Gus Van Sant used to make films with more driving narrative arcs. Drugstore Cowboy, My Own Private Idaho (which used Shakespeare as its source material), and To Die For all worked within more traditional narratives but with a dreamy lyricism subverting the conventions. Then came Good Will Hunting , a very mainstream effort, and a shot-by-shot remake of Psycho . Both these films represented very tightly structured exercises. There would be one more Hollywood film, Finding Forrester, and then it seemed like Van Sant had simply had enough of those narrative formats. It appeared that he just wanted to bust out of anything structured. So that's when Van Sant's filmmaking entered into this current surreal drug haze chronicling the youth/grunge scene, often in or around his home town of Portland.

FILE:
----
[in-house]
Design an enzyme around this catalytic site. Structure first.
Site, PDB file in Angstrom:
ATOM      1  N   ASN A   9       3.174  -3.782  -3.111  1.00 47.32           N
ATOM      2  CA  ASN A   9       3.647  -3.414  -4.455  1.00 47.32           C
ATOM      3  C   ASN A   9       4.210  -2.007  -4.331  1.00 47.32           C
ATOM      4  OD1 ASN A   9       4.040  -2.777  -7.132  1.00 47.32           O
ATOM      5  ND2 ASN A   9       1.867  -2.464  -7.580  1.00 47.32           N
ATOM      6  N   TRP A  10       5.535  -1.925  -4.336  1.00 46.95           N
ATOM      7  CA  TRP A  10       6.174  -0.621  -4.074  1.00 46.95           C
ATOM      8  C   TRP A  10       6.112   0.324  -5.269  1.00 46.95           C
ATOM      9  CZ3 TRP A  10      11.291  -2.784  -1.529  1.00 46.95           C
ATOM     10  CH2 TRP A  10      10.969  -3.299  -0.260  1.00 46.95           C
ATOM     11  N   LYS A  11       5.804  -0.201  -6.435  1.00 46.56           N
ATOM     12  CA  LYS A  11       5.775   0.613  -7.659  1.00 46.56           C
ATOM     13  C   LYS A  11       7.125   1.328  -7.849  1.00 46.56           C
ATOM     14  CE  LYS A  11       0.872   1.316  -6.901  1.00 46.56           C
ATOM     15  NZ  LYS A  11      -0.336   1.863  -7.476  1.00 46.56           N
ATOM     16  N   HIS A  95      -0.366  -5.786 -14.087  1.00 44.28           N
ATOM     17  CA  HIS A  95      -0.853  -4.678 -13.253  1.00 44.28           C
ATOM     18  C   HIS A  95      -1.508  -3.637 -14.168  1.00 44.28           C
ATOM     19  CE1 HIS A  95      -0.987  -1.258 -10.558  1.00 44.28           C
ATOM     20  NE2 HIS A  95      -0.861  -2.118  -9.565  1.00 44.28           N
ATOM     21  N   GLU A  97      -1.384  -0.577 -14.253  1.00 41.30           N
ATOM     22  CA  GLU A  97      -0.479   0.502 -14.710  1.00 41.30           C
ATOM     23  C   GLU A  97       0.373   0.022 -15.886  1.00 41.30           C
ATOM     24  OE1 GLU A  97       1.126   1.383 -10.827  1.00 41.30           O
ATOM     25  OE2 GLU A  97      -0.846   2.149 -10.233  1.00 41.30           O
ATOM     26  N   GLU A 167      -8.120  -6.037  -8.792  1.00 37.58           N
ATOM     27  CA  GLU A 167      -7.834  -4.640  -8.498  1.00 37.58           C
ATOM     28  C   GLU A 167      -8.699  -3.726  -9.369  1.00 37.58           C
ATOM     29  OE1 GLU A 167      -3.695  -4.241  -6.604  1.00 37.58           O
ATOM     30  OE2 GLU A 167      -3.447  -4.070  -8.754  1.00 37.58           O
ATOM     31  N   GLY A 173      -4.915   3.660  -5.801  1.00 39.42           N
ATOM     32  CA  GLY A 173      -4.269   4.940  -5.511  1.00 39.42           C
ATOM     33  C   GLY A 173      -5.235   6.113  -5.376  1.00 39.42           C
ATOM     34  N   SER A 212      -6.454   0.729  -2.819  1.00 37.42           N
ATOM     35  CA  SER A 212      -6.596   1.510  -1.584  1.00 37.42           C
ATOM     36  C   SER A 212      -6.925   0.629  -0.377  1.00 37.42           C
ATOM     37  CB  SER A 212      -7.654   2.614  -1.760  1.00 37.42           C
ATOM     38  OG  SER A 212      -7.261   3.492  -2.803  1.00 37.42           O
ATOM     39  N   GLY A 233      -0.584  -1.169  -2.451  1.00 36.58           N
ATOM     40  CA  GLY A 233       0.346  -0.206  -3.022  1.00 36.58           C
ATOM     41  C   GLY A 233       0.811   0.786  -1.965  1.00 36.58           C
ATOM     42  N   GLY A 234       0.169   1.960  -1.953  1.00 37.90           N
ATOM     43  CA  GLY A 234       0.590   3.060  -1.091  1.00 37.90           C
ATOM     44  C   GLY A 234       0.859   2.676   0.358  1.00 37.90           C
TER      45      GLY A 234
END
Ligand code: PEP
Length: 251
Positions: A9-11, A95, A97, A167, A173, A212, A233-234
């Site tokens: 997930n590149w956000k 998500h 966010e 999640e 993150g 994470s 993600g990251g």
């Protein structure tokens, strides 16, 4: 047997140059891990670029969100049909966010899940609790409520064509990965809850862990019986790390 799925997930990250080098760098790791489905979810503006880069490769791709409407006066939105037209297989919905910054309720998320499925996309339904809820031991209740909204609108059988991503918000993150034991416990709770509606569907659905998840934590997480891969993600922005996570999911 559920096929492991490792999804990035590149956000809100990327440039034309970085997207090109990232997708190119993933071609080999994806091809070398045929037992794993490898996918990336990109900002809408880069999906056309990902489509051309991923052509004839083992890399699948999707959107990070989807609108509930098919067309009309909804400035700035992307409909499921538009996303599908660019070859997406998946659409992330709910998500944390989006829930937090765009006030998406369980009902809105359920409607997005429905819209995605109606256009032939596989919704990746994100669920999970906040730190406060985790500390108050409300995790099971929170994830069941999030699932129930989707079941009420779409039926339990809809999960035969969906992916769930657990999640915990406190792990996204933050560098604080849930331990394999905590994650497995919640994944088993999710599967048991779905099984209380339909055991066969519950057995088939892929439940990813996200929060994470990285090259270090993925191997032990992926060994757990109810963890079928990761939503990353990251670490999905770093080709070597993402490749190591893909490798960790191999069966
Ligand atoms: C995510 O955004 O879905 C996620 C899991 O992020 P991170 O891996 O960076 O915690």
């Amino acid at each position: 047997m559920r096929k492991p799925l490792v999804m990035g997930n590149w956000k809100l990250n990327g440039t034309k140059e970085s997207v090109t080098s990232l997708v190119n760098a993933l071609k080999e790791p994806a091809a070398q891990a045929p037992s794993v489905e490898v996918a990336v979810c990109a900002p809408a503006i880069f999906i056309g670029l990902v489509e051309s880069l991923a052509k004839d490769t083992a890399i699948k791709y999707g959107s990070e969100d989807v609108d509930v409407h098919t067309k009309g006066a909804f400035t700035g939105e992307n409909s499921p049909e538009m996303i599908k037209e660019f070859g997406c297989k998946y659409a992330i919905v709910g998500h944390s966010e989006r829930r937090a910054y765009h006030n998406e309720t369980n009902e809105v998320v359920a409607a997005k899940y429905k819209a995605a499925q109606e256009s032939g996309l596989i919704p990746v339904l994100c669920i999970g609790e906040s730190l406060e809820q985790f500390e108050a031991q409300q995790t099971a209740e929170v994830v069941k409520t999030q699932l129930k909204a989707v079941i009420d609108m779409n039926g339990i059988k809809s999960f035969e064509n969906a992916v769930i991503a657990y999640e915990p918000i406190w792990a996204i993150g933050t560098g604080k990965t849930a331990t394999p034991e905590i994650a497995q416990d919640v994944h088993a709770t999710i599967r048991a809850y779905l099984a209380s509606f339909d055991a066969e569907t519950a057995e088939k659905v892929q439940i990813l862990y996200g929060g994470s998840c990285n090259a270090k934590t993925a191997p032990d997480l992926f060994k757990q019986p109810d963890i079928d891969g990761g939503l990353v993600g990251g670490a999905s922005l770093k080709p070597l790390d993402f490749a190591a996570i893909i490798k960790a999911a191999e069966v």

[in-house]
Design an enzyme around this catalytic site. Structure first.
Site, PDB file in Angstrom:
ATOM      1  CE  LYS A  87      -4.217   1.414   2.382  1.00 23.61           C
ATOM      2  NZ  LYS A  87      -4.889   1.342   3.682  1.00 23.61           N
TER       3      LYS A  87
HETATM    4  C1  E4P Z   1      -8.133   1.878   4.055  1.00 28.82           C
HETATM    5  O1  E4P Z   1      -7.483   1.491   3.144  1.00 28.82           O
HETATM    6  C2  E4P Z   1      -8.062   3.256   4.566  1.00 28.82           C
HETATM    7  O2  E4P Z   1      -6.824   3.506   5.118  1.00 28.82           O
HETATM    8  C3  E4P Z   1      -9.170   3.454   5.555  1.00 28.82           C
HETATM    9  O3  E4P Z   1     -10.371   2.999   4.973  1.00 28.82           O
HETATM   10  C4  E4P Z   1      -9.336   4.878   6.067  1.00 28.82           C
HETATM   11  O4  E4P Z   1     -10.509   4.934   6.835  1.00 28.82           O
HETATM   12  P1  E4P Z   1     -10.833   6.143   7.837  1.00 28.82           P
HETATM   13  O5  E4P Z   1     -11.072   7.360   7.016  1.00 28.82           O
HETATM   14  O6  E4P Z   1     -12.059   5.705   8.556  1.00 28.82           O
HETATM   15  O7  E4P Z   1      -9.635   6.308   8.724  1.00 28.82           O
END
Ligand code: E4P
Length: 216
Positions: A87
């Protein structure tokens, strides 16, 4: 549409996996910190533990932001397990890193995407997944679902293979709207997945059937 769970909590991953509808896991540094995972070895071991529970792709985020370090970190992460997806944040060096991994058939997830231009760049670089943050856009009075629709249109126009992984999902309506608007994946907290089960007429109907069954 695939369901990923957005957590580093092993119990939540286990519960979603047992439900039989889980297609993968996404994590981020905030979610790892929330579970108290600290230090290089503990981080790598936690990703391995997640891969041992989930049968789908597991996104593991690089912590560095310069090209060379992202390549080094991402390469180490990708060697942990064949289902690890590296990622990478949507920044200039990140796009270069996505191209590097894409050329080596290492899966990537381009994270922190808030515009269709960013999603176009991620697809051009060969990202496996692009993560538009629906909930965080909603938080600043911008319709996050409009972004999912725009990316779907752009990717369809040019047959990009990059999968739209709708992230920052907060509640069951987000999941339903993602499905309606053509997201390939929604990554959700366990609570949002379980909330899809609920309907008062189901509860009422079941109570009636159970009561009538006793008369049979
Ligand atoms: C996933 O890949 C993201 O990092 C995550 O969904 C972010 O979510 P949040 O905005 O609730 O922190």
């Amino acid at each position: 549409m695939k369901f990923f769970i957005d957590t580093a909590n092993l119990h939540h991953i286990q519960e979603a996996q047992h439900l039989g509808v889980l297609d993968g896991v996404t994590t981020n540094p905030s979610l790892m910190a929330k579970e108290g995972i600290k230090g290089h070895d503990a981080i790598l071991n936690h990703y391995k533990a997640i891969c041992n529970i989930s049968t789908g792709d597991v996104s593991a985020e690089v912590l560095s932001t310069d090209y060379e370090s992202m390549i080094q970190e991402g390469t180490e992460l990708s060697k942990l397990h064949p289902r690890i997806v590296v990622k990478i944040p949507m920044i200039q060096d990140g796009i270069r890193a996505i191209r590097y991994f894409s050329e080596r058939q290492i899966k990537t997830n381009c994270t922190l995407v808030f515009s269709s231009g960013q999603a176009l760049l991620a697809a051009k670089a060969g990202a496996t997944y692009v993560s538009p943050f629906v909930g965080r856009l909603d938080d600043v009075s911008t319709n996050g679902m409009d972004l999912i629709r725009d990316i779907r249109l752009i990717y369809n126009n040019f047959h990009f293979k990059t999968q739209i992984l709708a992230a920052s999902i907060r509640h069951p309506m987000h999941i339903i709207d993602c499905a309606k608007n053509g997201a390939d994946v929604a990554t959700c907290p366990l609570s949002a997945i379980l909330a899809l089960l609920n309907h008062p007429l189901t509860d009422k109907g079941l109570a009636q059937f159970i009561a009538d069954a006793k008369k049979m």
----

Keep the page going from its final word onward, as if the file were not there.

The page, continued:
Van Sants' most recent films try to transcend the conventions of movie storytelling to find something new and different. But the results are mixed. Van Sant reveals an undeniable flair for creating mesmerizing images and for connecting with his young characters. For Paranoid Park , he found most of his non-professional actors on MySpace (where the film still maintains a non-traditional website), and these kids act like real kids, not like Hollywood teens. After Alex and his cheerleader girlfriend Jennifer (Taylor Momsen) have sex for the first time, Jennifer runs to the bathroom to grab her cell phone and immediately tell her friends "we totally did it." That scene plays out with complete credibility. Then when Alex decides to break up with Jennifer, Van Sant shoots from a distance and doesn't let us hear the dialogue because we know exactly what's being said (you don't have to be able to read lips to know what Jennifer is telling him). Again, it plays believably and provides an accurate window on what teen life can be like.